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The Domestic Lumber Trade Association (DOLTA) has expressed worry over the poor quality of local timber resulting from over-exploitation of the country’s forests and is hereby calling on government to waive taxes on imported woods to save the situation.
The association said this has led to a point where over 90 percent of wood produced domestically is sub-standard; hence, imminent action must be taken or the industry will collapse.
“We are over-exploiting our forests, and our forests have gone down considerably; we need to look elsewhere, so we can reduce the pressure on our forest.
“We want government to waive tax on the importation of lumber alone, so that we can import lumber and use it for our furnishing and housing works. If we import wood into the country and also pay tax on it, it will be too expensive,” Director of Communication of the association, Anthony Partey Asare, told B&FT in an interview.
Mr. Partey further commented on the situation’s seriousness, highlighting dangers it poses to the country’s housing sector.
“We don’t have quality woods on our market as we used to have. If you come to our market, the woods are all sub-standard and they are called ‘lesser-known species’. However, about 90 percent of them are being used to roof houses and I am afraid for our housing sector.
“We have to think about the future of our housing sector. In the next 10 years, roofs of more houses will fade out. So, we are pleading with government to waive the tax – if not completely, for a short period while we organise our forests for future exploitation,” he said.
Wood-workers in the country have constantly expressed worry over challenges the local industry is going through. Last year, the Timber Markets Association called on government to ban exportation of timber and timber-related products in order to end shortages of the commodity.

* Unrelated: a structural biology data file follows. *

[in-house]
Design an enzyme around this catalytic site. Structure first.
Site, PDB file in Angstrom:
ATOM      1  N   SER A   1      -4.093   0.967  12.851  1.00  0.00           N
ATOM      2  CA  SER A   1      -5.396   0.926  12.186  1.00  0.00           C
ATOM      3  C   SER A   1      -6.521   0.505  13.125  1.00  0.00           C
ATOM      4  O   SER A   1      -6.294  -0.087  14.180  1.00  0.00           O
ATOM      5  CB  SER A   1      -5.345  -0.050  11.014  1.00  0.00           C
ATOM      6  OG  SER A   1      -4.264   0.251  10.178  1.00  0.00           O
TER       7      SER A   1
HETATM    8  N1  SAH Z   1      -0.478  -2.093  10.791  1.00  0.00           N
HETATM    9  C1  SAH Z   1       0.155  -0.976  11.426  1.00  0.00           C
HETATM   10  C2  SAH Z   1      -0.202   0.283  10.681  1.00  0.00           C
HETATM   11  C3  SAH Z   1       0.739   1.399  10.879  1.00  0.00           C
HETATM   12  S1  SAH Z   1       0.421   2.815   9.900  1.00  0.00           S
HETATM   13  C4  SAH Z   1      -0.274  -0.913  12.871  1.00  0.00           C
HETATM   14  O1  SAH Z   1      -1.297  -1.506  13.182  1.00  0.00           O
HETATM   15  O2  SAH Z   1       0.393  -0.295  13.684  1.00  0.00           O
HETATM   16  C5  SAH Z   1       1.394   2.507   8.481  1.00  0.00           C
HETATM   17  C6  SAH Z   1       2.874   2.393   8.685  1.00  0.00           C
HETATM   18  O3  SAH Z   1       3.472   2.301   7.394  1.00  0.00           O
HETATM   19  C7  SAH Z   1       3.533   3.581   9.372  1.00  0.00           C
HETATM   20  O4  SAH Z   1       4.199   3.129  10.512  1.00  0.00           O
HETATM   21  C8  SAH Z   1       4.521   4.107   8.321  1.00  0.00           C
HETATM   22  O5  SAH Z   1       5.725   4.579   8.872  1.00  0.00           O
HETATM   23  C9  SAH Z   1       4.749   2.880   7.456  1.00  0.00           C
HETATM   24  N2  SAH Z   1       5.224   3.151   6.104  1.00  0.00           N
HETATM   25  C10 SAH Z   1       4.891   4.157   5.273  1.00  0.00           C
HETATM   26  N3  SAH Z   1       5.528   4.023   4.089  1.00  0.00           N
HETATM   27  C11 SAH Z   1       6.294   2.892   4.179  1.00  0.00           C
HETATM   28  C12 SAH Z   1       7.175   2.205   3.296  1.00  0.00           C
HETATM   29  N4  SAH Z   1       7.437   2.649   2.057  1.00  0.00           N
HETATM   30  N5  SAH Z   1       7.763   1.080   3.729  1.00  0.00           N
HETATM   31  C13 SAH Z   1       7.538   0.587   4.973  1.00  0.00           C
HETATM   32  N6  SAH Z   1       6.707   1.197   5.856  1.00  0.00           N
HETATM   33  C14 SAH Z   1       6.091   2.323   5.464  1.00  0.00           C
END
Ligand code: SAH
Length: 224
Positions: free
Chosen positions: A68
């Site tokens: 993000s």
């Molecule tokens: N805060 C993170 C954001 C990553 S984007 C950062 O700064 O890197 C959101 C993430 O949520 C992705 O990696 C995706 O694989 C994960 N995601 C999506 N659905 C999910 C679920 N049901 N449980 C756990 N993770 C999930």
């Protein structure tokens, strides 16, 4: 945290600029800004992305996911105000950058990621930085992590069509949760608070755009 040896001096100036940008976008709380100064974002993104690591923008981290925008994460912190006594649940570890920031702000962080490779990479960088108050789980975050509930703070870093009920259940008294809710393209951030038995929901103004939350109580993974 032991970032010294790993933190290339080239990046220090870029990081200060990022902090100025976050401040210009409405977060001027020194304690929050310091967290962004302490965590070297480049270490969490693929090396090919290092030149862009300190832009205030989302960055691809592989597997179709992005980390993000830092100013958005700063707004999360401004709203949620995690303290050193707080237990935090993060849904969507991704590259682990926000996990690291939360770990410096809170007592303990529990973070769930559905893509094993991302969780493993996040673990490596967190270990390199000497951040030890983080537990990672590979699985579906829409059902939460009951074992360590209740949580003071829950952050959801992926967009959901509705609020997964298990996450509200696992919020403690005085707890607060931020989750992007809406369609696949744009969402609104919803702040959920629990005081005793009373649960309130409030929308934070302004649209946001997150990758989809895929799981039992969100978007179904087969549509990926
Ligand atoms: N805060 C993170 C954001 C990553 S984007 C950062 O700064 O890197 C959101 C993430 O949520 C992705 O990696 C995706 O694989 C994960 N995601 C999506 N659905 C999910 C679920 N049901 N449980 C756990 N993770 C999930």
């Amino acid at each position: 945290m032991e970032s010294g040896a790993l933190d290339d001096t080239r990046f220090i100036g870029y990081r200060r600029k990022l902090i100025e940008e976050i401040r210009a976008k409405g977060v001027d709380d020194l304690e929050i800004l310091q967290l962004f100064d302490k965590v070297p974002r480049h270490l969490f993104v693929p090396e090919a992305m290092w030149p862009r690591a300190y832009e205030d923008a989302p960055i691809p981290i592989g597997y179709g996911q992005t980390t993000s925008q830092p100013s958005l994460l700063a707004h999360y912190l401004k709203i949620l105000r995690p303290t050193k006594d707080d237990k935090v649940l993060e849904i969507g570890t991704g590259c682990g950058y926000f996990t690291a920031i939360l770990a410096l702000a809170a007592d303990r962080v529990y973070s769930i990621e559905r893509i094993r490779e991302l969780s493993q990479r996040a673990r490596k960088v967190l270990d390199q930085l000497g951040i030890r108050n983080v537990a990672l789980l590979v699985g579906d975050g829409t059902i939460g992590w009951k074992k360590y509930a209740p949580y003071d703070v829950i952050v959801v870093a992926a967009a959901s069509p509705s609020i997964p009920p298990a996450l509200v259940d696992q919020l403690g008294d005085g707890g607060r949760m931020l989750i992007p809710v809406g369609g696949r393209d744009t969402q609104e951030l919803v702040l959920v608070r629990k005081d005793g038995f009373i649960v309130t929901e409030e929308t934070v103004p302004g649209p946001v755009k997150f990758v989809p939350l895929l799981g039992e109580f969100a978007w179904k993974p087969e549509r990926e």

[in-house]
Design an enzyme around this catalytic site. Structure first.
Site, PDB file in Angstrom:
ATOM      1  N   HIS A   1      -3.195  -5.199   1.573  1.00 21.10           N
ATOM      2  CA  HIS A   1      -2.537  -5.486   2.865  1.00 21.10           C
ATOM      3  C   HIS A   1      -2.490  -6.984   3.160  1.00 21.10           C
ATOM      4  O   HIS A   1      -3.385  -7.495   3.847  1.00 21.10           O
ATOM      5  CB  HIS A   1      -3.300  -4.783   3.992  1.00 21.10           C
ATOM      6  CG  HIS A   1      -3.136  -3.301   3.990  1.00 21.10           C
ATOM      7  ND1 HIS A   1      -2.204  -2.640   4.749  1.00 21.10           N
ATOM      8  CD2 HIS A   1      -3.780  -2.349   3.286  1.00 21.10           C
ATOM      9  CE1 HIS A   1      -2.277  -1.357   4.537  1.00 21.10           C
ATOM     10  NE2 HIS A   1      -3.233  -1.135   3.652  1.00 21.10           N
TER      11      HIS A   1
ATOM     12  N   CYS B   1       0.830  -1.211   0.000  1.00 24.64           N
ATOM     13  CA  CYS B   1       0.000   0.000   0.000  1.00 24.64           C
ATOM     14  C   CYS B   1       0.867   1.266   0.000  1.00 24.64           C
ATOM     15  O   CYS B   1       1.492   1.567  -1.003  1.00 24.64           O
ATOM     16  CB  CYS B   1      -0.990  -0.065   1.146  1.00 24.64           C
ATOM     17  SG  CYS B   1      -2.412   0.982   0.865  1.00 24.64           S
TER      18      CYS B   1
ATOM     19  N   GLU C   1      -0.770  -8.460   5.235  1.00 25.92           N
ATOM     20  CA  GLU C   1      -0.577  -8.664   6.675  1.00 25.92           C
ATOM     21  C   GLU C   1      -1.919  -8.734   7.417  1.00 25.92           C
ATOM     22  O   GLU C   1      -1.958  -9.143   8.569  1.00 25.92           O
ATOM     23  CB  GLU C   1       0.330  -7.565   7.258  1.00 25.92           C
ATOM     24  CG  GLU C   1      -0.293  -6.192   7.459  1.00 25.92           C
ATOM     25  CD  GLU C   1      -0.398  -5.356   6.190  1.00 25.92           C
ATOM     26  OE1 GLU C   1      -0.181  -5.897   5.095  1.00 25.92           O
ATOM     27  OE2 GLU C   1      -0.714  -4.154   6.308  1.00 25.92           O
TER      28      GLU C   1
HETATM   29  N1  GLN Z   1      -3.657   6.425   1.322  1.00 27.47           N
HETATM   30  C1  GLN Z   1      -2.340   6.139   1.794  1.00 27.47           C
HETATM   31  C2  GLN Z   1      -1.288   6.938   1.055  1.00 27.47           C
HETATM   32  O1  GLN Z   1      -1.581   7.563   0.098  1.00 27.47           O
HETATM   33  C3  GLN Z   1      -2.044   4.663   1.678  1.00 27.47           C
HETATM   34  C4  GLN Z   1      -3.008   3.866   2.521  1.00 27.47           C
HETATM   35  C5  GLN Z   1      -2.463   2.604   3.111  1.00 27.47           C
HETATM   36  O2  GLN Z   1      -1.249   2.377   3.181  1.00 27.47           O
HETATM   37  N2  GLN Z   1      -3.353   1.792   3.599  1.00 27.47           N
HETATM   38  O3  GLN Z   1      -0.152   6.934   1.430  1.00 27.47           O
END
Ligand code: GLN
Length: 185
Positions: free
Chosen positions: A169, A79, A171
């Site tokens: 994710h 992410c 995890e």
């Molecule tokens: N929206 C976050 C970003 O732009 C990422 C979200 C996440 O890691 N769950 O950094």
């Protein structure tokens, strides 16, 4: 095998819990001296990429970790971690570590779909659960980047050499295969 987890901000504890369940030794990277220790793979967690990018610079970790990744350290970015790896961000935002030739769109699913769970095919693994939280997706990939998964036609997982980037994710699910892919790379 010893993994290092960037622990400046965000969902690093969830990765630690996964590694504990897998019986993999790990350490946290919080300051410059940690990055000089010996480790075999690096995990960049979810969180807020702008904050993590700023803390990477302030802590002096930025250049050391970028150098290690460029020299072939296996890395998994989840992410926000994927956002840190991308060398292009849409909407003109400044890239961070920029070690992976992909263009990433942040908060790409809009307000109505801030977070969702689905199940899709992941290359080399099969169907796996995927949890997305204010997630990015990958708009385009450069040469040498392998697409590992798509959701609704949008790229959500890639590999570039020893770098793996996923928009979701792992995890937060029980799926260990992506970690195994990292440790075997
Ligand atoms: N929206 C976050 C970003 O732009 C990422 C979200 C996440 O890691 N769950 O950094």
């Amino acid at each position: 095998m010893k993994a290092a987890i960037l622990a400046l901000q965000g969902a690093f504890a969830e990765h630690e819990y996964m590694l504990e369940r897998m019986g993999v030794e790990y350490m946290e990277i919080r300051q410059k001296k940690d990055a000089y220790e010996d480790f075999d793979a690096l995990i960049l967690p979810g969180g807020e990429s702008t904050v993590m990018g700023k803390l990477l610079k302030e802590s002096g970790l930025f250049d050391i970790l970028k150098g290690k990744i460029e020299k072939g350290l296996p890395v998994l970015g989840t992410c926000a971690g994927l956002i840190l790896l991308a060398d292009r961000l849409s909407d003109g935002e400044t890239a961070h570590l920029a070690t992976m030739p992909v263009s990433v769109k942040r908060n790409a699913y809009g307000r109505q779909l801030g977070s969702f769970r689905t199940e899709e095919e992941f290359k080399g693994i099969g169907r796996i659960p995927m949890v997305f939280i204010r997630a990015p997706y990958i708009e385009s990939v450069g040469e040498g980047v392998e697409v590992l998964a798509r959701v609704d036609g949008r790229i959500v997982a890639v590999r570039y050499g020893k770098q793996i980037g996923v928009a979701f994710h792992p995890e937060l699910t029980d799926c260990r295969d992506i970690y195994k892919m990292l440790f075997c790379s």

“There is no need to continue exporting timber when there is increasing demand on the local market. The future of the timber industry is very bleak for local actors whose activities revolve around the processing logs and lumber to feed big infrastructural enhancement projects and for domestic use,” Isaac Avor, Secretary to the Timber Markets Association, told the B&FT.
According to Mr. Avor, there is a need for government to consider halting exports of timber so as to retain the “little timber in the system” for the local market.
He added: “The killing of forest resources has led to the low supply of timber for processing, and that could stifle productivity in the sector and lead to job-losses”.
DOLTA is again calling on government to investigate and put an end to what it calls “fraud” by the Forestry Commission.
“When you go to the bush and buy your timber and pay for it, and after documentation is done by the Timber Industry Development Division (TIDD) of the Forestry Commission, on returning to Accra you are stopped and asked to present your documents.
“After presenting them, they claim the total number of documented timber does not tally with the timber in the truck. So, you are slapped with a fine of between GH?8,000 to GH?150,000.
“So, we see it as fraud by the Forestry Commission and we have presented a petition to President Akufo-Addo and Chief Executive Officer (CEO) of the Forestry Commission, but have not yet heard any response,” he said.
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